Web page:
Home » ‘The Little Things’ – Bedwyr Williams selected for Ancient Connections Public Art Commission
West Wales

‘The Little Things’ – Bedwyr Williams selected for Ancient Connections Public Art Commission

ANCIENT Connections is delighted to announce that internationally renowned artist Bedwyr Williams working with Contemporary Art Society has been selected by an expert panel and the communities to create the new piece of public art that will link St Davids with Ferns, Wexford.

Bedwyr has proposed to create a series of giant beehives, three in St Davids Cathedral grounds and three in Ferns. These beautiful structures would be modelled on traditional skeps, and although they would be much larger than a typical beehive, they are functional hives and would house real bee colonies. The artist has proposed that the communities in each location will take over the care for the bees and compare the unique flavour of the honey produced with their neighbours across the Irish Sea through exchange visits.

The decision to select Bedwyr’s proposal from the shortlist of five artists, was made by a panel of specialists which included Wexford County Council’s Arts Officer Liz Burns, Emma Price – Director of Studio Response, a public art consultancy company in Cardiff, the Very Reverend Sarah Rowland-Jones – Dean of St Davids Cathedral, and Remco de Fouw, artist and lecturer based in Wexford. The panel unanimously agreed that Bedwyr’s proposal bridged ancient traditions with modern concerns for the environment and biodiversity as well as highlighting the story of friendship between St David and St Aidan. According to legend, St Aidan was mentored by St David, who gave him a gift of bees before Aidan returned to Ireland to found a monastery in Ferns.

Twenty percent of the artists’ overall scores were generated by the online community engagement survey. Bedwyr’s proposal also came out on top with the communities when the scores were averaged out. These were some of the comments that community participants made about the project:

“I like the fact that this is a ‘living’ sculpture, in that it will house live bee colonies. This will provide much needed pollinating insects in both communities and continue the ancient tradition of bee keeping”.


“This project is simplicity itself, I particularly like the idea of the bees collecting the pollen to bring it back to the beehive and being turned into lovely honey. It would be a great idea and it would help to conserve and safeguard our environment”.


Bedwyr Williams is originally from St Asaph and now based in Caernafon. He is widely recognised as one of Wales’ most significant contemporary artists and represented Wales in the Venice Biennale in 2013 with his installation ‘The Starry Messenger’. He works across a range of mediums in both gallery and public art settings, often employing wry humour and surrealism to explore culture through a different lens. For this project, he will be working closely with Contemporary Art Society, a consultancy specialising in support and delivery of public art projects.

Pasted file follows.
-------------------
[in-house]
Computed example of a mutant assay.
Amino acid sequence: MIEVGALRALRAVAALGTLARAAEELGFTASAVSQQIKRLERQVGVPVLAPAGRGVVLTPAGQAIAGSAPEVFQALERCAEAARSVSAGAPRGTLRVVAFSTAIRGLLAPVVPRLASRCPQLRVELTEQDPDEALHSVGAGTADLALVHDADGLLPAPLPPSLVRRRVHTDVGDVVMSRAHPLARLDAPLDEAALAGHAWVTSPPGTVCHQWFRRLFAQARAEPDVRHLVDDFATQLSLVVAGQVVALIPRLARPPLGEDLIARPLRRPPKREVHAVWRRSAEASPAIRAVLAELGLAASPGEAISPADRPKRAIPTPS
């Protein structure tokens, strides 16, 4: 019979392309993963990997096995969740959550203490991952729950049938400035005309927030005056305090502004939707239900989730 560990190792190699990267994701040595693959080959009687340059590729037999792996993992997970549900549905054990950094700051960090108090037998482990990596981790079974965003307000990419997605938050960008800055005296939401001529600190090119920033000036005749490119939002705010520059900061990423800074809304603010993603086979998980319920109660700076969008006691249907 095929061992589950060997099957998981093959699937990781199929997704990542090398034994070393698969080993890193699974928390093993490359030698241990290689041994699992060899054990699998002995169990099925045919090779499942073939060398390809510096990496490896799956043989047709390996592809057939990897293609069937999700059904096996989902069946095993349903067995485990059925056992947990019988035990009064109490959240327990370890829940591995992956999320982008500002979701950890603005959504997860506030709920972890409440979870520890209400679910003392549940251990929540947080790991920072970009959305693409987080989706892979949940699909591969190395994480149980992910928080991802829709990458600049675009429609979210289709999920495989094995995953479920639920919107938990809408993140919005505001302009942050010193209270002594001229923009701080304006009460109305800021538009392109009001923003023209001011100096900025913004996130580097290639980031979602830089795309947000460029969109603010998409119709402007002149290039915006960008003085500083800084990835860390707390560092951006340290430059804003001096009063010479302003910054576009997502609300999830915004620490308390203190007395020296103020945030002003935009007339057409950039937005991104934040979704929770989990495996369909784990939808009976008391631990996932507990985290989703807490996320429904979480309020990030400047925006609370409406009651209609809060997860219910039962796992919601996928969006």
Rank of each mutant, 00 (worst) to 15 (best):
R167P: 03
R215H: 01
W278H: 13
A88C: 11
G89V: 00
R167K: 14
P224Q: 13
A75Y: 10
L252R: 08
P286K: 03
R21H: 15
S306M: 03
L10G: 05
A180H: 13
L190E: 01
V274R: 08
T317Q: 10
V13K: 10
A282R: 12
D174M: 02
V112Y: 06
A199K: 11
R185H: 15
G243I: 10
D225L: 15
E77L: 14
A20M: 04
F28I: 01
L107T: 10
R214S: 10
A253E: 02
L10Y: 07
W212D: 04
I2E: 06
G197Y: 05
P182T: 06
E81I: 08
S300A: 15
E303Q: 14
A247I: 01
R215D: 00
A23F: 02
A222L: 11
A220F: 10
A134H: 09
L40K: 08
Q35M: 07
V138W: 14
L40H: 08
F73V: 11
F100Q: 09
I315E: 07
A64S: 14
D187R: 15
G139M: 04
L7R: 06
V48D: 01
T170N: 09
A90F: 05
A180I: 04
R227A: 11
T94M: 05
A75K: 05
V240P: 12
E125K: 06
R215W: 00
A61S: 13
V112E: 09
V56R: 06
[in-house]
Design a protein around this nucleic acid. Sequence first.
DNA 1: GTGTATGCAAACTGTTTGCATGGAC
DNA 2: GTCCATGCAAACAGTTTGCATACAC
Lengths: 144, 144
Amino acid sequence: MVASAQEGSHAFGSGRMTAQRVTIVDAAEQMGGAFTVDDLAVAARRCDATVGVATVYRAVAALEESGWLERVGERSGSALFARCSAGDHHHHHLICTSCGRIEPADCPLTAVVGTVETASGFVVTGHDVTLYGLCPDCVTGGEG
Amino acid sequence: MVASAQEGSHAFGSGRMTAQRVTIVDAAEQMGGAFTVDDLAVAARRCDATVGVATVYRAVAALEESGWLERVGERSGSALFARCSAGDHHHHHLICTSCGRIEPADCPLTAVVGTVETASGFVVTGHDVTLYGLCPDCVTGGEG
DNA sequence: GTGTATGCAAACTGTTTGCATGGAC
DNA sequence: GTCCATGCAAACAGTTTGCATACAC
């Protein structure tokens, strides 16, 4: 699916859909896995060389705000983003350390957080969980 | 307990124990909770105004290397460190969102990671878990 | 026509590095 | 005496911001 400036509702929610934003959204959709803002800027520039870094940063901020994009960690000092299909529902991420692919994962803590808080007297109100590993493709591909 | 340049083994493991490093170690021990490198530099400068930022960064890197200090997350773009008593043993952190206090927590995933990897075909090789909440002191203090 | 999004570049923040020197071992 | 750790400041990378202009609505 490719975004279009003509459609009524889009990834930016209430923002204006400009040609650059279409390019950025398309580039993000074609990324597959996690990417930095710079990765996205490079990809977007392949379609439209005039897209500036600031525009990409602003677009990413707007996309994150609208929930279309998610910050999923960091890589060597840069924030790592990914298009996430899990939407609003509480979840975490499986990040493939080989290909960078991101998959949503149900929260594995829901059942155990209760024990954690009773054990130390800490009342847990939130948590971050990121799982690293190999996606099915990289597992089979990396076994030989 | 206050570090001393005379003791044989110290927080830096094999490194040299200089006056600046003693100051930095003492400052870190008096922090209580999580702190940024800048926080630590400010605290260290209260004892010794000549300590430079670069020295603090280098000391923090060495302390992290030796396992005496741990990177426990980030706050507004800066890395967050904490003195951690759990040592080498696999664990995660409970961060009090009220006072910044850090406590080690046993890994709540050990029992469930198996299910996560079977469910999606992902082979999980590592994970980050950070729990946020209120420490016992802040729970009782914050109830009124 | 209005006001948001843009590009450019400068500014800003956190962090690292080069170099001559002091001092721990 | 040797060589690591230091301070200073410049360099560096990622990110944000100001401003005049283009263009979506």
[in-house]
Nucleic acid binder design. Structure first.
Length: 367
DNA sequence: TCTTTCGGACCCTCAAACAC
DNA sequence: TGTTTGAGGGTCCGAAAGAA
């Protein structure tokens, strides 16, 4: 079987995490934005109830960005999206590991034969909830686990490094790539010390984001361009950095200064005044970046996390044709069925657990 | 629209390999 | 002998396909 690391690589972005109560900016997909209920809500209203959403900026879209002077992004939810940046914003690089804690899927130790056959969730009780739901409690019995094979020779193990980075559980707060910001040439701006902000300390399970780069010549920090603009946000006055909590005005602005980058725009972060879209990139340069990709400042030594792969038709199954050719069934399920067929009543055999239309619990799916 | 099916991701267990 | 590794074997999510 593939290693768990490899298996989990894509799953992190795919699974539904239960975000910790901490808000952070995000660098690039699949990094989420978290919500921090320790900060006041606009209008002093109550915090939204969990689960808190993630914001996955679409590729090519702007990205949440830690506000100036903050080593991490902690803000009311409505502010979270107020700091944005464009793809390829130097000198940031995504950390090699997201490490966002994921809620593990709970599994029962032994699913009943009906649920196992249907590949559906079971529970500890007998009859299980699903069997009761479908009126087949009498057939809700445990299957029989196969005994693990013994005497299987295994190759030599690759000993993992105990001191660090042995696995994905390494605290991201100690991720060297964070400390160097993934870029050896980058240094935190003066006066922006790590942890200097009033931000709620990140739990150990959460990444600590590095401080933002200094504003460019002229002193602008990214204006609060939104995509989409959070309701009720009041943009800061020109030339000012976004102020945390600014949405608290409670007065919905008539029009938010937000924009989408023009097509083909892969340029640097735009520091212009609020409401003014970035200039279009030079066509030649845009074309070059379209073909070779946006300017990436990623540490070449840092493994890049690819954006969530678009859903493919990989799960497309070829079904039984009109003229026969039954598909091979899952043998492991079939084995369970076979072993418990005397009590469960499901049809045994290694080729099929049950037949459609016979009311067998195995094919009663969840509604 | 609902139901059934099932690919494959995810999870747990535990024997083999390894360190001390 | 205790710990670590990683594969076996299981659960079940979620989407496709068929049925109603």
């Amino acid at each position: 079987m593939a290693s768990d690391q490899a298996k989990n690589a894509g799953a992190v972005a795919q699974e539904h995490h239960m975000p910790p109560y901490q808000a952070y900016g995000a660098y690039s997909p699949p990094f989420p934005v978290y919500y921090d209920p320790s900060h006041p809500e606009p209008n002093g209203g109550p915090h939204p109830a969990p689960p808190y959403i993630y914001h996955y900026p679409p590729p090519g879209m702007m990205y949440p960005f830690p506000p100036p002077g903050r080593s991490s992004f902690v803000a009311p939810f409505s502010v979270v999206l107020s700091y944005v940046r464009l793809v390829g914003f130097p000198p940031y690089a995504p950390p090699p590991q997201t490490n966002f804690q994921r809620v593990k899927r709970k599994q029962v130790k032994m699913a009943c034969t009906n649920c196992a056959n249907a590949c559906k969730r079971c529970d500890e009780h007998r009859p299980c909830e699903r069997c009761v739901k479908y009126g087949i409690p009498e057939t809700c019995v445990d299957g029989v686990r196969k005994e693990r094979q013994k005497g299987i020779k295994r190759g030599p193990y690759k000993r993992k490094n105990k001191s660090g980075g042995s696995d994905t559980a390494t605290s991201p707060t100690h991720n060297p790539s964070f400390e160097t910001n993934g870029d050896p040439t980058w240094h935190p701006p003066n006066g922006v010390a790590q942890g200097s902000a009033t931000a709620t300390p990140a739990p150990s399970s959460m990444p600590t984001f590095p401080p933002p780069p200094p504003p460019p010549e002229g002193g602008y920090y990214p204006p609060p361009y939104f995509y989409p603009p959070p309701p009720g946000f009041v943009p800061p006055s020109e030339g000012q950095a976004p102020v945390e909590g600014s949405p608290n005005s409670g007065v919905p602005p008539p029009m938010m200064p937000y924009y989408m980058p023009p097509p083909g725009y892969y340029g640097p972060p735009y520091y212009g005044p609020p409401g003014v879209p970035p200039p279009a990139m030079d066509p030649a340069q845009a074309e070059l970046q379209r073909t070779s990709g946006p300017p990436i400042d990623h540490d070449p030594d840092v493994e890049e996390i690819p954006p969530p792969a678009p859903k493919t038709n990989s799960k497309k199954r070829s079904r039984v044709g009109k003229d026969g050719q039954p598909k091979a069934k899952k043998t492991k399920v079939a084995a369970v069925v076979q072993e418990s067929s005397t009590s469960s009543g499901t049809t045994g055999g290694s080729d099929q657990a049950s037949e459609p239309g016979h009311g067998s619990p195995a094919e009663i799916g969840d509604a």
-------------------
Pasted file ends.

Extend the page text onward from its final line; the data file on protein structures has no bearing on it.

Bedwyr says: “I’m interested in objects that invite communities to become active participants to make the artwork whole. I want people to become fully engaged in the artwork, doing the little things to bring the artwork to life, forgetting themselves and their daily concerns for a few hours. St David’s last words were “Gwnewch y pethau bychain” or “Do the little things.” 

This ethos has guided the development of my proposal which is founded on the story of St David and St Aidan and steeped in the magic and history of these two intertwined locations”. Next steps will be for the artist to engage with the communities in both regions to drill down into the detail of how to translate this wonderful concept into a successful venture in practical terms.

The total cost of the commission is €175,000 to cover all costs including artists’ fees, project management, the costs of making the hives, artist travel and accommodation, transport and installation costs for the artworks, community engagement costs, including the purchase of necessary equipment for community bee-keeping and the costs of exchange visits as well as marketing costs to promote the honey produced. It is hoped that the skeps will be installed and the project launched in Spring 2022.

Ancient Connections is led by Pembrokeshire County Council, together with partners Wexford County Council, Pembrokeshire Coast National Park Authority and Visit Wexford funded by the European Regional Development Fund through the Ireland Wales co-operation programme.

If you are interested in finding out more or getting involved in any aspect of the Ancient Connections project please email the team at [email protected] or visit www.ancientconnections.org